Six people lost their lives on average each day of 2018 while attempting to cross the Mediterranean Sea, the United Nations refugee agency said on Wednesday.
In a report titled ‘Desperate Journeys’, UNHCR said as estimated that 2,275 died or went missing crossing the Mediterranean in 2018, despite a major drop in the number of arrivals reaching European shores. In total, 139,300 refugees and migrants arrived in Europe, the lowest number in five years.
“Saving lives at sea is not a choice, nor a matter of politics, but an age-old obligation,” UN High Commissioner for Refugees, Filippo Grandi, said.
“We can put an end to these tragedies by having the courage and vision to look beyond the next boat, and adopt a long-term approach based on regional cooperation, that places human life and dignity at its core.”
‘Desperate Journeys’ describes how changes in policy by some European countries saw numerous incidents where large numbers of people were left stranded at sea for many days, waiting for permission to dock.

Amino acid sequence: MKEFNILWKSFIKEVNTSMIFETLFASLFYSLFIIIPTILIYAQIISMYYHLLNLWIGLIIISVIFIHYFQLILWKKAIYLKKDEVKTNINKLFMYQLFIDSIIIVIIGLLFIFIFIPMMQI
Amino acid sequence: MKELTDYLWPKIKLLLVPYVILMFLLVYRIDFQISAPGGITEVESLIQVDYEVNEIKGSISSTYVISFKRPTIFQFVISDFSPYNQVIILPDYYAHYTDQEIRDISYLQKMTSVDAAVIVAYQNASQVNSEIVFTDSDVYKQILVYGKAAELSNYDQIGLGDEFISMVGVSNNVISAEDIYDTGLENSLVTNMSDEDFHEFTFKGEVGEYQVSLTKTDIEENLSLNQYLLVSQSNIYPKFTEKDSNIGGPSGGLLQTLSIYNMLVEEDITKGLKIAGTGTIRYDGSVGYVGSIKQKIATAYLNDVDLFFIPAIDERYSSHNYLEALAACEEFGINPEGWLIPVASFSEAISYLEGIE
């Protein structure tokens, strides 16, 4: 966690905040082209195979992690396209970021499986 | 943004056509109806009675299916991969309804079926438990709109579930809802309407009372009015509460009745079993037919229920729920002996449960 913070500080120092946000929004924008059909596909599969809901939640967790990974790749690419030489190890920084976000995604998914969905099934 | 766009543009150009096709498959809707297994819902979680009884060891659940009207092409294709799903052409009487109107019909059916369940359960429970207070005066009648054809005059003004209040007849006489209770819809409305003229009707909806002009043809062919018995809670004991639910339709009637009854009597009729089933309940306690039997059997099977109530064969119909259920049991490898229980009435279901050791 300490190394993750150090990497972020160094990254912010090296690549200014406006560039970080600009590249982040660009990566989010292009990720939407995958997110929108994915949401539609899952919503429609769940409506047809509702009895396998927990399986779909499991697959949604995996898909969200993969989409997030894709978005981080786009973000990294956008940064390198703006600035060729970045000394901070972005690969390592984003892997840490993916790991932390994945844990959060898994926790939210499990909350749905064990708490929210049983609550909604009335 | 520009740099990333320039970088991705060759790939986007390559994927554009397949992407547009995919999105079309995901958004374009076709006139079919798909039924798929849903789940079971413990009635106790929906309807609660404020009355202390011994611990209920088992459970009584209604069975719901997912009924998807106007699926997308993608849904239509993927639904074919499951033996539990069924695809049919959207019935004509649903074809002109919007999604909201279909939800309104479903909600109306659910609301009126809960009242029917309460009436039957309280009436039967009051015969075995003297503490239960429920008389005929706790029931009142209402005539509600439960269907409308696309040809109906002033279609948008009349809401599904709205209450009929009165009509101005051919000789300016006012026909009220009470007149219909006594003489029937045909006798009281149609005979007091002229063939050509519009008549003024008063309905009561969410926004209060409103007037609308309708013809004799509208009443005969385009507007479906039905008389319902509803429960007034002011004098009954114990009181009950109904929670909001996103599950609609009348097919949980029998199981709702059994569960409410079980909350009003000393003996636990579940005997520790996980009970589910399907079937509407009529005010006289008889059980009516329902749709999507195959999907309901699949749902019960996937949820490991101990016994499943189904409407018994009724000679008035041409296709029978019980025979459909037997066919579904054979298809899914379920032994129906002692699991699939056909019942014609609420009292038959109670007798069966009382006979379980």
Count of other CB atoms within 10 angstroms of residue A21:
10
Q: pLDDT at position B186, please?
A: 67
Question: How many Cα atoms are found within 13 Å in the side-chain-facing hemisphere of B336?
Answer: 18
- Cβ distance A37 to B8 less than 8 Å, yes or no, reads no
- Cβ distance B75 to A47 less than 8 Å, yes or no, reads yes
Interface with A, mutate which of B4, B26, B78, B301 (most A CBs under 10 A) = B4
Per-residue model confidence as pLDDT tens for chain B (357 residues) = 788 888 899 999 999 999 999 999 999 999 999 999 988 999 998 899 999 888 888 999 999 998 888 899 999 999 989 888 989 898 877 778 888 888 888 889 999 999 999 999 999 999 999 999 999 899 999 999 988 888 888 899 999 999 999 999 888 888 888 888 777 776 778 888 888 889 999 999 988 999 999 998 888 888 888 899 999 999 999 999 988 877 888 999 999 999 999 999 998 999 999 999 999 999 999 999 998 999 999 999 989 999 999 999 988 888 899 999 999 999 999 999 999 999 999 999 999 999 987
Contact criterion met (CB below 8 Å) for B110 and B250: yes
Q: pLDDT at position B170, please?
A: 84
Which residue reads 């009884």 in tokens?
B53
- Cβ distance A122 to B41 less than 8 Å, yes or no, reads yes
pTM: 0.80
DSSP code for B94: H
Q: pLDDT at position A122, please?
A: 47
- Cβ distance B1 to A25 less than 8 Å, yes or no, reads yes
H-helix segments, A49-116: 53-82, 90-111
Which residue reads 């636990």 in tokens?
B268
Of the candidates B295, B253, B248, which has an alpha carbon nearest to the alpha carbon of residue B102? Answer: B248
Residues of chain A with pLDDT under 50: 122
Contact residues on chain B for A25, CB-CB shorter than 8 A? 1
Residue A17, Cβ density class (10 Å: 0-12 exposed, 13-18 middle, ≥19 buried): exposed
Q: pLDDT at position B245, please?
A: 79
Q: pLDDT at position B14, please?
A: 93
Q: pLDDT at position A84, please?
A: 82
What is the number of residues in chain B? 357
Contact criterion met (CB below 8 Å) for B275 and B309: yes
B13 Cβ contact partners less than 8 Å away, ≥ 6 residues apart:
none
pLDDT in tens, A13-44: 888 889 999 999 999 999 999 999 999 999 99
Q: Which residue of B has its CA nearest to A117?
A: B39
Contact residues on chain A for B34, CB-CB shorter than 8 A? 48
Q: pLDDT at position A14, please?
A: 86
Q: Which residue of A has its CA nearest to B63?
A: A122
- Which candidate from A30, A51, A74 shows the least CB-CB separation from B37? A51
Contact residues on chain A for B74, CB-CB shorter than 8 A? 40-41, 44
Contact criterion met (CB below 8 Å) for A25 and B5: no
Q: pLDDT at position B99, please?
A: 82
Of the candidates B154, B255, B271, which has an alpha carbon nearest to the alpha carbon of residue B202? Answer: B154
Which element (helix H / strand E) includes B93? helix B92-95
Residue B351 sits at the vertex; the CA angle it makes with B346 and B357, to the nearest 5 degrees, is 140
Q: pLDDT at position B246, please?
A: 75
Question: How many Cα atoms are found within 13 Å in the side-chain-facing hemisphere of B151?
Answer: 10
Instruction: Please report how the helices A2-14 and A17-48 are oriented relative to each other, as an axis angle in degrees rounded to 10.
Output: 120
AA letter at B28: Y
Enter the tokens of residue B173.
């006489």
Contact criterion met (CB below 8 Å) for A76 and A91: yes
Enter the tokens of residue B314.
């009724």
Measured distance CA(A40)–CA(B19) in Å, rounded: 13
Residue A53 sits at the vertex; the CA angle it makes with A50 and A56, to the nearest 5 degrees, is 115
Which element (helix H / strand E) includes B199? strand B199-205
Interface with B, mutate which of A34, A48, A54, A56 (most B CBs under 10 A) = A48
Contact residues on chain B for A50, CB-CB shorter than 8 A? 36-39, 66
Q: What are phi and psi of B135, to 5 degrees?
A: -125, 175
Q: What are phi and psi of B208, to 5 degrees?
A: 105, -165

The UNHCR report shows that one person died at sea for every 14 who arrived in Europe from Libya. It also says thousands were returned to the North African country, where they faced appalling conditions inside detention centers.
The agency hailed the countries that allowed the stranded migrants to dock in their territories, and other countries that pledged spaces for migrants evacuated from Libya.
All in all, the report shows that arrival numbers into Europe decreased significantly. For instance Italy saw some 23,400 refugees and migrants arrive into its territory in 2018, a fivefold decrease compared to the previous year. Greece received a similar number of sea arrivals, some 32,500 compared to 30,000 in 2017.